By now it is settled judicial opinion: A private-sector union can’t force nonunion employees under contract to pay dues for purposes beyond those related to collective bargaining. The Supreme Court cogently expressed this view in its landmark 1988 ruling, Communications Workers of America v. Beck. Yet it is almost as if the decision never happened. A new law journal article by prominent Right to Work attorney Raymond LaJeunesse, Jr. explains why. He points a finger not only at the unions, who at least act out of recognizable self-interest, but more importantly, at the ostensibly nonpartisan National Labor Relations Board. The NLRB, he argues, using a variety of tactics, over the years has acted more as a de facto advocate for unionism than as a guardian of the public trust. And the situation has gotten worse under President Obama.
There wasn’t much question about whether Carolyn Hall had taken union funds. At least it could be said that she was able and willing to return them. On August 7, Hall, formerly bookkeeper for Laborers International Union of North America Local 1197, pleaded guilty in U.S. District Court for the Southern District of Illinois to one count of embezzling $26,491 in funds from the McLeansboro (Hamilton County), Ill.-based union. She had been charged this past April following an investigation by the U.S. Labor Department’s Office of Labor-Management Standards. Court records show that she already has made full restitution.
Some would call it punting. Others would call it common sense. Both summations might apply. On Monday, August 17, the National Labor Relations Board unanimously ruled that scholarship football players at Northwestern University cannot form a union. In overturning a March 2014 regional NLRB decision, the board concluded that allowing union organizing at one campus, but not at others, would be disruptive. The ruling read: “Our decision is primarily premised on a finding that because of the nature of sports leagues…it would not promote stability in labor relations to assert jurisdiction in this case.” While the decision is a rebuke to the players’ request, its scope is narrow. By declining to rule on whether student-athletes qualify as “employees,” the board has kept the door open for similar cases.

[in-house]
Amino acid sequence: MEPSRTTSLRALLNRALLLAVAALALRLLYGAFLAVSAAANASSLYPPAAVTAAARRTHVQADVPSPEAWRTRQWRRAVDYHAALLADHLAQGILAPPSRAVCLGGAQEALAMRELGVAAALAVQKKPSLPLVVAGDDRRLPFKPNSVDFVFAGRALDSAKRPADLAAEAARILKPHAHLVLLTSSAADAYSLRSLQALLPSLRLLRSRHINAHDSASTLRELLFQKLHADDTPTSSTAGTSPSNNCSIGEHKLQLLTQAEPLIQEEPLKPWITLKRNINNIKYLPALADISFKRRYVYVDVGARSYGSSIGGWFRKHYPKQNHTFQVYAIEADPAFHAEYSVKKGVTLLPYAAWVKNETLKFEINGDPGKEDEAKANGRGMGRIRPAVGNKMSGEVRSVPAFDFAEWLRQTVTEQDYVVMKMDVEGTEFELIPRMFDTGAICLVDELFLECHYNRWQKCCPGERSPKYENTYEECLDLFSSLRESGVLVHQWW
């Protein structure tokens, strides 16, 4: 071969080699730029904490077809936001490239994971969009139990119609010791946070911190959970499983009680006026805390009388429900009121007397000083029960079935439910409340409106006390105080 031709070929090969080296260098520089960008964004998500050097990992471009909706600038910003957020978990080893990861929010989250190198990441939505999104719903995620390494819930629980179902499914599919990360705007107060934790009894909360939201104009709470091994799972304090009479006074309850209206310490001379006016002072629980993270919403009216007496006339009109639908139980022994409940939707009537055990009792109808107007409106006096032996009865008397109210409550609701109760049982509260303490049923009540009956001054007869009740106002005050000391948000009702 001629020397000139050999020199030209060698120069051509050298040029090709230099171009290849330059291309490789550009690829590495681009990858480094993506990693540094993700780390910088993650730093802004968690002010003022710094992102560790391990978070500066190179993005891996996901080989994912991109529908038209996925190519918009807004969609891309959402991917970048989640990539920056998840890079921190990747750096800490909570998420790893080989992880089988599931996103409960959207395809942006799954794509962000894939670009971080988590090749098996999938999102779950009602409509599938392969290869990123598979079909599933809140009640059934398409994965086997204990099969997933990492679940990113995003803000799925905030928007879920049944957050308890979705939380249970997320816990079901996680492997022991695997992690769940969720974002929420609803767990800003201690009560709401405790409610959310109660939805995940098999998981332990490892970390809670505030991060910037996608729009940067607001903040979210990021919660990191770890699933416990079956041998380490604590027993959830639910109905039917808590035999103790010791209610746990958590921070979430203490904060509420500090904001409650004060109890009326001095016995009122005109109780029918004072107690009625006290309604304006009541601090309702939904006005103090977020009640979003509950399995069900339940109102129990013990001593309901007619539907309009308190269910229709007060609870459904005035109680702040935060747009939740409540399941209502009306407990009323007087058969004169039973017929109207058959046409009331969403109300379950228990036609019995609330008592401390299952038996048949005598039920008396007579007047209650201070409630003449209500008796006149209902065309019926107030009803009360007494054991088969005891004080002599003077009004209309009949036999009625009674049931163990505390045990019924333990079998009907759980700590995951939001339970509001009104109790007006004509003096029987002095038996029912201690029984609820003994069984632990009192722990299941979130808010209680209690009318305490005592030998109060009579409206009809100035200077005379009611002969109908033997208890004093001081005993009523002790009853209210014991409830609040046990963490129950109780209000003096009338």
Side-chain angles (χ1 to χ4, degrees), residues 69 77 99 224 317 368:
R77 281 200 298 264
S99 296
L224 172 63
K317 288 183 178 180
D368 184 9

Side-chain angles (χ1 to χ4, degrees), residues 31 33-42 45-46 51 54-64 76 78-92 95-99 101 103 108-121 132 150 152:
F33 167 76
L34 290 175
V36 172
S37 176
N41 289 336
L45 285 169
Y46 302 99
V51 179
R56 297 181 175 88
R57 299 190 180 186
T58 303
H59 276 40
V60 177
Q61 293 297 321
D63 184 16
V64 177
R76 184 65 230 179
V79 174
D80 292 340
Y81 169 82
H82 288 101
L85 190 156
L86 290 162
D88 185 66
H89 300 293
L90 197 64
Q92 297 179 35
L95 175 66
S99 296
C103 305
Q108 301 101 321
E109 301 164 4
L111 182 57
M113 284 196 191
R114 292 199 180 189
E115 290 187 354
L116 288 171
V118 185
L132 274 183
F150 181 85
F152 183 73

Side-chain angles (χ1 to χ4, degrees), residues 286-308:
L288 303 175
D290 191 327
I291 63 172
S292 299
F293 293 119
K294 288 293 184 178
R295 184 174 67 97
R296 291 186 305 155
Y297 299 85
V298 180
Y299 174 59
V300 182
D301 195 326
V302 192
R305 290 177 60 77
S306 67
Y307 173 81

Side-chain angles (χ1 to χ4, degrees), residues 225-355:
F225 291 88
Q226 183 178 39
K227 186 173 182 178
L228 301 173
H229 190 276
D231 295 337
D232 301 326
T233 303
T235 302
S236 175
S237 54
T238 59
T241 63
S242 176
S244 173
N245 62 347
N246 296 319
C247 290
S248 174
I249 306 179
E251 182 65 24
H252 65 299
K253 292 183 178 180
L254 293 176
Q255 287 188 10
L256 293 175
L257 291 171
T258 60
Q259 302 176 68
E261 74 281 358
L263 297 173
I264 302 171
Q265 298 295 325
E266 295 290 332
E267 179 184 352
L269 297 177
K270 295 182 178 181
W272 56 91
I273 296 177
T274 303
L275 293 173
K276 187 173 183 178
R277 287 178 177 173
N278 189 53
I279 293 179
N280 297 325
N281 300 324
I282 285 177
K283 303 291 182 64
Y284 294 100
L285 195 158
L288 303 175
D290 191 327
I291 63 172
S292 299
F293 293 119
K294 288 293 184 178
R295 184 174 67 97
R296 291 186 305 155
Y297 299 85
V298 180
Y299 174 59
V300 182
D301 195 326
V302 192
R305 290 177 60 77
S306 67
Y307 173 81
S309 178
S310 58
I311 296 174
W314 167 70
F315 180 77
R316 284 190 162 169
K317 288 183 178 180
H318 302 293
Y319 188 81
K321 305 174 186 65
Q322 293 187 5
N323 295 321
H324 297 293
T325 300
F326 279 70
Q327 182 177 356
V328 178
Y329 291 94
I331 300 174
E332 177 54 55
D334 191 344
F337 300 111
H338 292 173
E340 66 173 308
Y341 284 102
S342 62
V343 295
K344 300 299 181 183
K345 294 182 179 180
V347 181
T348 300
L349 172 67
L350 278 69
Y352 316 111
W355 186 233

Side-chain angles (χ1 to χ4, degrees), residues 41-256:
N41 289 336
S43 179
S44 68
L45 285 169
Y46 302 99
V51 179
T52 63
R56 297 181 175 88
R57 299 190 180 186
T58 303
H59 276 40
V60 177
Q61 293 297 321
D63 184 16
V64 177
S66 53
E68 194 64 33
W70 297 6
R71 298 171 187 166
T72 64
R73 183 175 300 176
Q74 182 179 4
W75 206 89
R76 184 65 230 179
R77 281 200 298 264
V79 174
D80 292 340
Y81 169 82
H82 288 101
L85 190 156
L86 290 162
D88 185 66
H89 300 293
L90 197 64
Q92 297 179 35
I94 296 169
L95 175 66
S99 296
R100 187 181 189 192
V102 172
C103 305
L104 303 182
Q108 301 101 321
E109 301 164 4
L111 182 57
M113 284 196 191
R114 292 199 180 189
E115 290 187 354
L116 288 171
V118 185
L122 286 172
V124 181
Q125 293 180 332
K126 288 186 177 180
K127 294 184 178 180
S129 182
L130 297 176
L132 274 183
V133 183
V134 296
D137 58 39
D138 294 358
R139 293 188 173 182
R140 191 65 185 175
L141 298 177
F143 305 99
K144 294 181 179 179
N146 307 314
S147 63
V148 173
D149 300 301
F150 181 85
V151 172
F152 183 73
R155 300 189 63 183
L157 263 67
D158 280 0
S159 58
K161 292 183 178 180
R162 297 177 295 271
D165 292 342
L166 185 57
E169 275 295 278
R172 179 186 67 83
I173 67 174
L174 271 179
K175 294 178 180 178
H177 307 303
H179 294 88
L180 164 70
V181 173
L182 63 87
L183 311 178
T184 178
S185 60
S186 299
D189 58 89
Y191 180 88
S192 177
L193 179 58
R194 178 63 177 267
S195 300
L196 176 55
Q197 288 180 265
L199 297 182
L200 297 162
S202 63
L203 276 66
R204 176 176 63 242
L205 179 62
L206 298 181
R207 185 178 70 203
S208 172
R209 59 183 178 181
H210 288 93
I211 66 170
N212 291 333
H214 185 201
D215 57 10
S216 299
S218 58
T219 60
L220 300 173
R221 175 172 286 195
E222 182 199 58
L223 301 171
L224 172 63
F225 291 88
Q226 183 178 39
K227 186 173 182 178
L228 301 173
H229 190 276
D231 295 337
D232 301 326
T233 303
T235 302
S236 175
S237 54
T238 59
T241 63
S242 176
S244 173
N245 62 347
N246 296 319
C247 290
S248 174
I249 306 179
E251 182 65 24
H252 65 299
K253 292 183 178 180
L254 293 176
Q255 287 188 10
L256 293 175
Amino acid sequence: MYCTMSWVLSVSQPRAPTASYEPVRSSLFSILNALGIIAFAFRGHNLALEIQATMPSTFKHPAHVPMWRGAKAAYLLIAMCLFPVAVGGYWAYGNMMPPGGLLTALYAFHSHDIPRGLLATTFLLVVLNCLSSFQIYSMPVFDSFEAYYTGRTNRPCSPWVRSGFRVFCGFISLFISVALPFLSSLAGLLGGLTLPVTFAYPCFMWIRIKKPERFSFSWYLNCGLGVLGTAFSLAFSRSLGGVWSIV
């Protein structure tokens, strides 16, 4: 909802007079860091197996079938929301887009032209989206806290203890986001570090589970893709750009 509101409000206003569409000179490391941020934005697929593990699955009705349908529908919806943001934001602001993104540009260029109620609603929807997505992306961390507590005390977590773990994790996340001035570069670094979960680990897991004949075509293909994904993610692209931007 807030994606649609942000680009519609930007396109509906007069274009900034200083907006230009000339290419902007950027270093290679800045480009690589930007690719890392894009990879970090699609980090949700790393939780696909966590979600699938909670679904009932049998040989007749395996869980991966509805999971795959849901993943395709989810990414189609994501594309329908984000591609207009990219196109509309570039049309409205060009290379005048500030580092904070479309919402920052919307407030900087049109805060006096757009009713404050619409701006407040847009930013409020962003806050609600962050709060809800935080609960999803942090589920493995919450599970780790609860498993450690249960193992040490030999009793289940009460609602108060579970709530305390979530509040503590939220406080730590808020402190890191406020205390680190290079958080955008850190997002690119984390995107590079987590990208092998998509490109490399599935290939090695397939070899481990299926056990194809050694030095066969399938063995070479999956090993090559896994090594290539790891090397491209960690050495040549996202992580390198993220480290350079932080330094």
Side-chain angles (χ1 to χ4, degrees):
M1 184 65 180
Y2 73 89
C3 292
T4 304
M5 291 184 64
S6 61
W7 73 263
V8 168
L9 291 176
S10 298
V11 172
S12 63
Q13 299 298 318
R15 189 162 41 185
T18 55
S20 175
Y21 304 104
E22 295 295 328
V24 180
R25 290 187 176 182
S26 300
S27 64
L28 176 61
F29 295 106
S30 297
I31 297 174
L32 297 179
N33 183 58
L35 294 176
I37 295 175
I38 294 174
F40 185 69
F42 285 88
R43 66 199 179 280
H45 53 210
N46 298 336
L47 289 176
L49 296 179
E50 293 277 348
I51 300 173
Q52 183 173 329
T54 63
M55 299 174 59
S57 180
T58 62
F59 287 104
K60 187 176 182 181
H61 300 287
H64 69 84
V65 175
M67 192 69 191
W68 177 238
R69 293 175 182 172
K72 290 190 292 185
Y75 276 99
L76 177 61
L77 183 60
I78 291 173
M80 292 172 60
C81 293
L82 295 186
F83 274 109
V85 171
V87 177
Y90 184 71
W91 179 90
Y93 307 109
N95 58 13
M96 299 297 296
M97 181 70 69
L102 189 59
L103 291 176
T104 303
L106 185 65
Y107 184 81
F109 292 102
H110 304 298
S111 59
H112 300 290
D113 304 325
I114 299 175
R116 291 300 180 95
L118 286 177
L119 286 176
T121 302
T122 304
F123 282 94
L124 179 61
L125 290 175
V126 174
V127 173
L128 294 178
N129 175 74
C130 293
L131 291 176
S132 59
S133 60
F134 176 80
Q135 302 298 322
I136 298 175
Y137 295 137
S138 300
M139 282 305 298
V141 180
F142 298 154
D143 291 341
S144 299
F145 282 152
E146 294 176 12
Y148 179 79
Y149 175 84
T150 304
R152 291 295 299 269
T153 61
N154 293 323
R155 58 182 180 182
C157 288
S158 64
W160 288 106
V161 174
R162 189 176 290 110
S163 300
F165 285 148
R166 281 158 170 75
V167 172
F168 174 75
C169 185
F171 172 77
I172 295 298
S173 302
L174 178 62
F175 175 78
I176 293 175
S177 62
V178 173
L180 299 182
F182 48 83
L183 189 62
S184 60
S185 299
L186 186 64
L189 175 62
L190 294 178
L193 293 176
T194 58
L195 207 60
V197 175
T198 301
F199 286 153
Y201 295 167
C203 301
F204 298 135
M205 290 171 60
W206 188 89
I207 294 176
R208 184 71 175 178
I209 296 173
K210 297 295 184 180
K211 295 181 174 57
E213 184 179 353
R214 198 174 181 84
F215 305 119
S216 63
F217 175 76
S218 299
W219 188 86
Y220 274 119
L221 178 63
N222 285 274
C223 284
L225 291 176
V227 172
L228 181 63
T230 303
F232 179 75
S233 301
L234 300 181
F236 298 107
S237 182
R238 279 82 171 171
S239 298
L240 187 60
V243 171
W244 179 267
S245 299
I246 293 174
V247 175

On June 25, William Magee, former president of Bakery, Confectionery, Tobacco Workers & Grain Millers Local 252G, was sentenced in U.S. District Court for the Western District of Tennessee to three years of probation, with six months home detention, for embezzling funds from the Memphis union. He also was ordered to pay $71,908 in restitution and a $100 assessment. Magee had pleaded guilty in February following an investigation by the U.S. Labor Department’s Office of Labor-Management Standards.
On July 1, Alfonso Rodriguez, former secretary-treasurer for United Transportation Union Local 117, was sentenced in U.S. District Court for the Western District of Washington to three years of probation and 160 hours of community service for false financial reporting. He also was ordered to make restitution in the amount of $34,601 to the Southworth (Kitsap County), Wash.-based union. Rodriguez had pleaded guilty in March following an investigation by the Labor Department’s Office of Labor-Management Standards.